29 May, 2008

The Burgie lives again - long live the Burgie.

Hi, just a quick note to update everyone.

After arriving in Korea yesterday I have been down to collect the Burgie this morning.

After some minor hiccups with paperwork and having to get Vicroads (local vehicle registration office in Australia) to fax through copies of the registration documents to Korean customs, Mr Lee of Eagle shipping took me down to customs to collect the bike. The bike arrived in perfect shape and undamaged despite my concerns about how well I had crated and packed it.
It took me a couple of hours to uncrate and reassemble it before paying all fees (total around US$500) and riding the bike out the gate and into Korea.

The Korean customs people, as usual wherever I go, were polite and helpful. One of them even gave me a copy of a book he has written but I will need to brush up on my hanguel first!

I'm now about to go and find the International post office to collect the fuel filter and will leave tomorrow morning for Sokcho, where I take the ferry to Vladivostok.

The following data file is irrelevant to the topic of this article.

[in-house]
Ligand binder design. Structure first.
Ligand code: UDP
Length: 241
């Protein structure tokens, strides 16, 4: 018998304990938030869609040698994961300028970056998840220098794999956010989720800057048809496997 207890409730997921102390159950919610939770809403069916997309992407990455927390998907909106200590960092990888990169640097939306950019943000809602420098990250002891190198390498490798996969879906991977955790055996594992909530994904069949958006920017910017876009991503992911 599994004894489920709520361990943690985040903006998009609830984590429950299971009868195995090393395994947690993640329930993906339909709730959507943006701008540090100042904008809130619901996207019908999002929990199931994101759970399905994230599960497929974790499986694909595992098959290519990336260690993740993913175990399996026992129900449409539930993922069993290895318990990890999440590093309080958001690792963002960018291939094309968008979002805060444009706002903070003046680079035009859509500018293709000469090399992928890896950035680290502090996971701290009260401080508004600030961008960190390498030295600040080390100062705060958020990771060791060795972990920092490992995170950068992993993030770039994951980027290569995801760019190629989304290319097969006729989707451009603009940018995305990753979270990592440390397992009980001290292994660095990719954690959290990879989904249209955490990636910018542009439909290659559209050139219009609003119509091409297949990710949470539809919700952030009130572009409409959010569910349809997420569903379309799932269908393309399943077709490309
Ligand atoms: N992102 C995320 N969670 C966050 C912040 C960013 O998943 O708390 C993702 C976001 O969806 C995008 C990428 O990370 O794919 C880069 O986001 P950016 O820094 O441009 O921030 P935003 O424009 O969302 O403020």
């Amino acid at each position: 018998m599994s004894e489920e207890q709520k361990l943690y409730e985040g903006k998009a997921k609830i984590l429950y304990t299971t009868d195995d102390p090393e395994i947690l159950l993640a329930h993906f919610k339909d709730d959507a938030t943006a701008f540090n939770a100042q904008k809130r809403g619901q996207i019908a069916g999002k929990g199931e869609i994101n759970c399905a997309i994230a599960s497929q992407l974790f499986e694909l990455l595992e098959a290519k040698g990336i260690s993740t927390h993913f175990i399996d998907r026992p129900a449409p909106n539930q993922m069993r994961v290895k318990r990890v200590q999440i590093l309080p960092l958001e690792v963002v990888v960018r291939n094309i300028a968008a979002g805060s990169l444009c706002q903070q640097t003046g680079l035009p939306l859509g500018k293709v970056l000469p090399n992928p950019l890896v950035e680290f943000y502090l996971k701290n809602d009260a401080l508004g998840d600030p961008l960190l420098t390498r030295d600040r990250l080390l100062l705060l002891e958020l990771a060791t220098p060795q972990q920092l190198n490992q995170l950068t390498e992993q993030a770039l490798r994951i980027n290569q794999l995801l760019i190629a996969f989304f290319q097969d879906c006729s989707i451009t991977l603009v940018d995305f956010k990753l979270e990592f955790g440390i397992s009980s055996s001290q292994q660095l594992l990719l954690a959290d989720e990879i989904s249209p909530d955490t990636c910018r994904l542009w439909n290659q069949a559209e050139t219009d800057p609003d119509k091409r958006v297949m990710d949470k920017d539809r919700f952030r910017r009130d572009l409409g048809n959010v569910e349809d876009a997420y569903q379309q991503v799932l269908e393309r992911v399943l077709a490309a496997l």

It's good to be back on the Burgie - much smoother and more comfortable than the Haobon, but of course it is far less nimble and feels quite ponderous initially - that feeling will hopefully disappear once I get used to riding it again.

28 May, 2008

Anyone for a career in customs clearance in Korea? - 28 May 2008

I'm here in Busan after a 300kmh maglev train ride from Shanghai to the airport and a short flight from Shanghai airport. I've paid my shipper's handling fees this afternoon and if all goes well I'll be riding the Burgie away sometime tomorrow.

Busan is wet and rainy and so is my pack. It's all pretty damp even after only getting caught in the rain for a few minutes, so everything is spread out on the floor of the Zen hostel to dry. Hopefully tomorrow will be a sunny day in more ways than one. :-)

27 May, 2008

The Haobon is gone! Long live the mighty Haobon!.

The Haobon is gone! (sniff, snuffle)... Long live the mighty Haobon!.

It had to be! I feel so sad, as if I've lost a lifelong companion ... "Wilson, NO ... come back Wilson". Like Tom Hanks basketball, the Haobon has become my friend and companion in this foreign sea of non-English speakers.

I ended up selling it to a motorcycle repair man and his wife for AUD$150. They got a great deal, but frankly they were the only ones at all interested. I'm sure they will onsell it quickly and make a smart profit - good on them.

If I had been able to wait longer I'm sure I could have fetched a lot more but time doesn't allow me and overall my total cost for the Haobon for 1 month of riding has only been AUD$400, or $100 per week - excellent value.

I'm leaving Shanghai 9am tomorrow for Busan, Korea, and further adventures on the Burgie. :-)

Fanyang to Chuohe - Saturday 24th May